How Digital Libraries Reinvigorated My Love for Reading

Between an internship, work, classes, and extracurriculars, finding “me time” is sometimes impossible at college. Especially as a Writing, Literature, and Publishing major, I’m often overwhelmed by tons of reading for my classes. It’s easy to forget that I’m in this major because I love reading so much—at times, I get stuck in the monotony of it. How am I supposed to find time to read for my own enjoyment when I’m constantly completing readings for schoolwork? I found my answer in the online world: digital libraries.

I was a huge library kid growing up. I was in all the summer reading programs, begging my mom to take me to swap out my finished books for new ones. But even though so many kids grow up loving their libraries, we often drift away from them when we become busy teenagers and, eventually, adults. It can be hard to find time to get to the library, find the book you want to check out, and commit to coming back in the near future to return it. I eventually started reading a lot of ebooks because they were so convenient, and as someone who doesn’t drive (yes, round of applause for me), it was easy to be able to quickly download a book when I finished my last one. Of course, this convenience did become a little expensive, and when I got to college, buying books for myself wasn’t a priority, and I didn’t have much room to pack physical copies from home. 

It wasn’t until a friend told me that she was borrowing ebooks from the Boston Public Library that I even realized libraries had this option. I did some research and learned that this was actually a widespread thing, and I could even borrow ebooks from my library back home. Game changer. At the touch of your fingertips, you have access to a wide variety of ebook titles and audiobooks that can be borrowed at any time, anywhere. If you have a Boston Public Library card, you have access to their digital collection already, but if you haven’t gotten the chance to get a physical card, you can get an e-library card that specifically allows you to borrow online titles, and the process only takes a few minutes. Nearly all libraries with digital collections use the OverDrive platform to host their online bookshelves, so you can link multiple library cards under one account. I also have my library card from my hometown set up on my account, so I can search both the BPL and my library in New Jersey for whatever I need.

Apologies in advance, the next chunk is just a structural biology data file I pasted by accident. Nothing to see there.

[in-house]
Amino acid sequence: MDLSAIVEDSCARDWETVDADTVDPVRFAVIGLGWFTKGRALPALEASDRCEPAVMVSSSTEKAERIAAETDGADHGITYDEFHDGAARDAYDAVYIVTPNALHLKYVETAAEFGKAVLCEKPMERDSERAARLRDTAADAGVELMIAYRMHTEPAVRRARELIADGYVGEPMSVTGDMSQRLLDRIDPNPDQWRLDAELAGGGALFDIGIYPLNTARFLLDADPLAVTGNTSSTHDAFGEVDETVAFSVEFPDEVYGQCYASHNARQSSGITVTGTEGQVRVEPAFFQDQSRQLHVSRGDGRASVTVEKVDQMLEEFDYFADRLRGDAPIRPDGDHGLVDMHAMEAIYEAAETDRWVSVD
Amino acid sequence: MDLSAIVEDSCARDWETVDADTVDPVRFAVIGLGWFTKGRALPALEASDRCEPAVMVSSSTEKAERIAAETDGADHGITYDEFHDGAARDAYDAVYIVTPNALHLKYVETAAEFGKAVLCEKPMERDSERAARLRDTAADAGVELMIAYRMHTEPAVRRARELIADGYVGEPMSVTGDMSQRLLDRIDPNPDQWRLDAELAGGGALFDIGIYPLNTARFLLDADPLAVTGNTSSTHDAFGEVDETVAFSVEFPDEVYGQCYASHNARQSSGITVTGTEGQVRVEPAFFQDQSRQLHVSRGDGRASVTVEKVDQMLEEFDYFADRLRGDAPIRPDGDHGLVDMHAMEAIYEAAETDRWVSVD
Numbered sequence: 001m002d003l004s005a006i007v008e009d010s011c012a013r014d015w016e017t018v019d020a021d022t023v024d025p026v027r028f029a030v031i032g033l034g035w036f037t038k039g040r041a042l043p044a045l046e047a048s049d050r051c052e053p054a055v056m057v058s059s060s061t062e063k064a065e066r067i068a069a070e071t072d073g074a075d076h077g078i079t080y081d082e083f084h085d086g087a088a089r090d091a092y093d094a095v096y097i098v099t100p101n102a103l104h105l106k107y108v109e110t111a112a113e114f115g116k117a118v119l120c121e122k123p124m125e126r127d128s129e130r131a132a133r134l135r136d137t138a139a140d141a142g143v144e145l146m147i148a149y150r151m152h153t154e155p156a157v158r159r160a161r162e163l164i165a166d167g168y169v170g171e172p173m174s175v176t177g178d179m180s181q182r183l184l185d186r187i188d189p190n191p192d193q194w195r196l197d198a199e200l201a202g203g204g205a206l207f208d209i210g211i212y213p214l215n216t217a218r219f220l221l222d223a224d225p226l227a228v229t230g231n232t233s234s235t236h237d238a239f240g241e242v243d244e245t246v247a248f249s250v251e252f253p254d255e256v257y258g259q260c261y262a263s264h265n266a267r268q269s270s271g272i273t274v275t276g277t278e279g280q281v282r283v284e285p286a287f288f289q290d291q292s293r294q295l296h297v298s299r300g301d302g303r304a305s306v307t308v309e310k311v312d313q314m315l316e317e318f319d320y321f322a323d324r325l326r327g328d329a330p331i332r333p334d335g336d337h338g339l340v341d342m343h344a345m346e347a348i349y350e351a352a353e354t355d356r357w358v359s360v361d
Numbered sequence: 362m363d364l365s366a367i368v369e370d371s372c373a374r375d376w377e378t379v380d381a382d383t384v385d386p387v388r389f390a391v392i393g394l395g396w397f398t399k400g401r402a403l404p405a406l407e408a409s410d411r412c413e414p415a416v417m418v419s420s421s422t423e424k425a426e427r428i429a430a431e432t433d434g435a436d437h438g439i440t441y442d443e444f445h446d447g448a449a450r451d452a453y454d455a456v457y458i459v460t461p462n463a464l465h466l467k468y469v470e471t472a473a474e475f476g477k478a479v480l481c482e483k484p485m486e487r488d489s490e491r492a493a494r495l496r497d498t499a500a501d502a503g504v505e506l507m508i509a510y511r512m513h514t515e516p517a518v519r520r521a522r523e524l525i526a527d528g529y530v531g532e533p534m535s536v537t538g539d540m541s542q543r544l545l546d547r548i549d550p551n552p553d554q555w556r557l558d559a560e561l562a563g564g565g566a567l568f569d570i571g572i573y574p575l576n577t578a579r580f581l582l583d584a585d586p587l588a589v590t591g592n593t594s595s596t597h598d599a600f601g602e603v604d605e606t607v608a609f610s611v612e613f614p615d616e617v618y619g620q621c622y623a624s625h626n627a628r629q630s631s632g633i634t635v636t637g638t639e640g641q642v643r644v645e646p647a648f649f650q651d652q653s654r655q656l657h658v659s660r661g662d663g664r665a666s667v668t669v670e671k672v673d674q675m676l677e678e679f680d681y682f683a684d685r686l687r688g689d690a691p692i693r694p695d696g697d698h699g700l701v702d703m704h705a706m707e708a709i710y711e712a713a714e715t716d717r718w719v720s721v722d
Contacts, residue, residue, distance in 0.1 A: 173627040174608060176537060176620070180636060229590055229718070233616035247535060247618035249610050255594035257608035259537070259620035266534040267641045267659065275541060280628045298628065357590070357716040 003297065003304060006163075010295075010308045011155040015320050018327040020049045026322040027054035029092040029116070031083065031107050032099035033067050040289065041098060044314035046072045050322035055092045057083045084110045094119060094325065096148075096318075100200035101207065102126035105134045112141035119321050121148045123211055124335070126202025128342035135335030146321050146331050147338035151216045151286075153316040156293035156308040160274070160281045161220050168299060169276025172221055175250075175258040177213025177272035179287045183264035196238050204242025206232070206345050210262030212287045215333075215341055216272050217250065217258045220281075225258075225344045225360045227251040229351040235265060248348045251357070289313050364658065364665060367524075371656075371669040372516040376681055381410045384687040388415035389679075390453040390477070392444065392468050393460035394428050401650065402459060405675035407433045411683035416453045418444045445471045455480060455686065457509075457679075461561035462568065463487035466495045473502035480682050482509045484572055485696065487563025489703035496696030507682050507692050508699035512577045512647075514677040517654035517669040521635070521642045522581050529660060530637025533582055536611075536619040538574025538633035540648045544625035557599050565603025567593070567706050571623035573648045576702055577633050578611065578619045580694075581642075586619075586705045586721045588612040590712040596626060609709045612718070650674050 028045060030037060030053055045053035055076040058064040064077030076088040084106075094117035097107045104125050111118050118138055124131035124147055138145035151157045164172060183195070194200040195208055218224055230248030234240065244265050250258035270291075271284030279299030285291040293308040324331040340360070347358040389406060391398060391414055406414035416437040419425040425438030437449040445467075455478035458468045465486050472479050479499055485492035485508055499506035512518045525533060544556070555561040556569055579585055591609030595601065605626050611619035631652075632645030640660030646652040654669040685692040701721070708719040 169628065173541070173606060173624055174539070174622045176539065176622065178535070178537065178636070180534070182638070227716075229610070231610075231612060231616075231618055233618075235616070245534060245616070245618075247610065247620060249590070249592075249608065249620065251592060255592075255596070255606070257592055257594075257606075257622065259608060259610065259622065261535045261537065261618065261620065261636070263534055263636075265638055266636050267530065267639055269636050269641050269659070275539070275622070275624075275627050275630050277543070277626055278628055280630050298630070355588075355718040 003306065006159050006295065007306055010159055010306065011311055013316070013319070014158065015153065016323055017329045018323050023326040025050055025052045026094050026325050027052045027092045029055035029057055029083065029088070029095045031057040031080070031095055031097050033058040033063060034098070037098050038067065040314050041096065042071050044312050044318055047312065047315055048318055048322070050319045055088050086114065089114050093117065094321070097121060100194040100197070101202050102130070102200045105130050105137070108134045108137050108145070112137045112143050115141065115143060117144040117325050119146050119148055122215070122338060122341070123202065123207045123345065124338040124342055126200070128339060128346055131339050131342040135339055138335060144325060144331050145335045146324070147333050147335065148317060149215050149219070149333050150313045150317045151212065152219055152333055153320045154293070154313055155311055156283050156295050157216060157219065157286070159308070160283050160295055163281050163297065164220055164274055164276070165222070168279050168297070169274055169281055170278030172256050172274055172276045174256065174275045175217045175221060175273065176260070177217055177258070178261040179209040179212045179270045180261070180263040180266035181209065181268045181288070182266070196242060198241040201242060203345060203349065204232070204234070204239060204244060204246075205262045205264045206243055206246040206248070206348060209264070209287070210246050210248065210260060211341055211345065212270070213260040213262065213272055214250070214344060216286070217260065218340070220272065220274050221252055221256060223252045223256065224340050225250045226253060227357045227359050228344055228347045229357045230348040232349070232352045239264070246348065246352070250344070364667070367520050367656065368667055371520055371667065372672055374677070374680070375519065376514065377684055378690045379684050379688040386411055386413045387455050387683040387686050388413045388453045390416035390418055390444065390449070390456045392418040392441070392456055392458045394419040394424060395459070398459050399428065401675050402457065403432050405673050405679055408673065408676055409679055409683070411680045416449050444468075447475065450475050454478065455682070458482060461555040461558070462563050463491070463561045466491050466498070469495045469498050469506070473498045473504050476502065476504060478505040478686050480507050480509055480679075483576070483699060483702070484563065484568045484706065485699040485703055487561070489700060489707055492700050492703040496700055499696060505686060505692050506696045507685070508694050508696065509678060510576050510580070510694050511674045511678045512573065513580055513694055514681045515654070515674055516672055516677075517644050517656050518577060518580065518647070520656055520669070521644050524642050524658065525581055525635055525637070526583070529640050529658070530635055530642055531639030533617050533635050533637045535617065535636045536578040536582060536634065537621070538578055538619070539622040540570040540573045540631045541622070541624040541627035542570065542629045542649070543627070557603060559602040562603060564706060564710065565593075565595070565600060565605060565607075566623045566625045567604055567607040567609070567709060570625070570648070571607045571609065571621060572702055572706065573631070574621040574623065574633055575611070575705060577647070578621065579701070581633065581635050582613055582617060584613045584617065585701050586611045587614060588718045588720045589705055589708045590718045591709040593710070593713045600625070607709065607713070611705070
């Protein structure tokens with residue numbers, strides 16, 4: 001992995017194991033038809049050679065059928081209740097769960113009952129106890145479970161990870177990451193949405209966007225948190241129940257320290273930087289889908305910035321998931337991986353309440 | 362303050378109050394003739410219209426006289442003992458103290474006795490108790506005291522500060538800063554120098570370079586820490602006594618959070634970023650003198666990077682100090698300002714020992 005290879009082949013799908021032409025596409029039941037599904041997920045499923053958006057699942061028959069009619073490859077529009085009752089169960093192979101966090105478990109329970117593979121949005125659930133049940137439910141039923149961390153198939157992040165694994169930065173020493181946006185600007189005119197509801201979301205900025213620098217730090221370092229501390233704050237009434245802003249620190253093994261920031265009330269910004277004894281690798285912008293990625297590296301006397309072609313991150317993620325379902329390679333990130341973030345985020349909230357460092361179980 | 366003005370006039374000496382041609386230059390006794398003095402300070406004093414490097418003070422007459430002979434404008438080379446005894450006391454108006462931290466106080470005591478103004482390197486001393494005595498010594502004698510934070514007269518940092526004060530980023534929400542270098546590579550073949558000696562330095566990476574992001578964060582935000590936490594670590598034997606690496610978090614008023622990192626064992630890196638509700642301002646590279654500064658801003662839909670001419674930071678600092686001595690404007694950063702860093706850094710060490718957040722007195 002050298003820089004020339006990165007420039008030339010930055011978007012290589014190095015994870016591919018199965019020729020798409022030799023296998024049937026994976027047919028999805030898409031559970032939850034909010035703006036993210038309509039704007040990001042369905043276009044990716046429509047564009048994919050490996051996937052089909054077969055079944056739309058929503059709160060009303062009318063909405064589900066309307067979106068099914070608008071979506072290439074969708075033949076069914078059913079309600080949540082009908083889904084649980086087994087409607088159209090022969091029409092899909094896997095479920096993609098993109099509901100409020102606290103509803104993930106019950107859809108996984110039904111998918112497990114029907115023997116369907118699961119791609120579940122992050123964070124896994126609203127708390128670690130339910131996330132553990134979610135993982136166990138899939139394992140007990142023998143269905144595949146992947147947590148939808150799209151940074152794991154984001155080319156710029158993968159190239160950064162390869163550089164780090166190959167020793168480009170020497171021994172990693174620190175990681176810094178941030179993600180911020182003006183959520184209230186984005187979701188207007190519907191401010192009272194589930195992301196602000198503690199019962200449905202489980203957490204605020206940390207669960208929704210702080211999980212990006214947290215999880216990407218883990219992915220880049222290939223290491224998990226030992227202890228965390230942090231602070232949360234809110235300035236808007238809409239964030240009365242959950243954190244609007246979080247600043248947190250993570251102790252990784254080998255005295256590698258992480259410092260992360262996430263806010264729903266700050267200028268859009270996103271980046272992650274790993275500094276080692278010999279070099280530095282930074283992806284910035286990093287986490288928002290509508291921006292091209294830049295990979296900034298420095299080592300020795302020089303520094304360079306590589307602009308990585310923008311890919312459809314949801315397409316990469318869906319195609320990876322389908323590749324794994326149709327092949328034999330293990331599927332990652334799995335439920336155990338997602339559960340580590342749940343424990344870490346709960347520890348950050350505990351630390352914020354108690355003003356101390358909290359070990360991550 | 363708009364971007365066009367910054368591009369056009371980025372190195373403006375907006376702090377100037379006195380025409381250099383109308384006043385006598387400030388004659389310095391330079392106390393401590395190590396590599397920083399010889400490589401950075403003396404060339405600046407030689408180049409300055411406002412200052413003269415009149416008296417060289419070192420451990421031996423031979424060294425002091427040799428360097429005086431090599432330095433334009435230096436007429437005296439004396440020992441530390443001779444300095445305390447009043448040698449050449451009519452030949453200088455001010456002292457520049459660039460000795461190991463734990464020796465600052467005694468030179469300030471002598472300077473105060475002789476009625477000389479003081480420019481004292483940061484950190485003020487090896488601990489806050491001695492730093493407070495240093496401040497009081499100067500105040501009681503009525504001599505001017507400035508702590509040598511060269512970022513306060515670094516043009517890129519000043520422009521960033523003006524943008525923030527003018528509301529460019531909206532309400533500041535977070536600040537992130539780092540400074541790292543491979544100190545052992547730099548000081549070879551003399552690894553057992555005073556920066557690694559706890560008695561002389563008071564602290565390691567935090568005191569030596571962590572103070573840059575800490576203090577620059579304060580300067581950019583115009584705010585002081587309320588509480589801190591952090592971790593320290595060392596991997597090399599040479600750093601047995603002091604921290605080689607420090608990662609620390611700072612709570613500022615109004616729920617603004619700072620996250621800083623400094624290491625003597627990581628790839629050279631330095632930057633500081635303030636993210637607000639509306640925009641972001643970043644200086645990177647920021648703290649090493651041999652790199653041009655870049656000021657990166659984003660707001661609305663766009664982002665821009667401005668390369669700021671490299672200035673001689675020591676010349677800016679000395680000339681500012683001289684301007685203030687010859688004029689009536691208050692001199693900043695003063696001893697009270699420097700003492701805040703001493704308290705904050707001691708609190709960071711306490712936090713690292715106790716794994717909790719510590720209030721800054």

Having free access to nearly any ebook I was interested in has made a huge difference in my attitude toward reading. I can browse the library while I’m on the subway, at the dining hall, or in bed. Plus, I always have whatever I’m currently reading right in my pocket on my phone. I can easily read during class breaks, on the elevator, or doing other basic tasks. The convenience is so helpful for keeping me reading at times when I normally wouldn’t be carrying a book. Carving out time to go to the library and search for an interesting title was once nearly impossible, but reading has become more accessible than ever.

From a more general standpoint, having digital libraries makes reading more accessible than ever. People who are constantly on the go or who don’t have the resources to get to their local library can now make use of everything libraries have to offer right through their phones or computers. While it’s always nice to stop into a physical library, the convenience of digital libraries is a blessing for people who can’t always make that trip.

So the next time you’re sad that you don’t have the time or money to pick up that book you’ve been eyeing, check out your digital library: chances are, it’s already waiting for you.

(photo credit to Frank Holleman, Unsplash)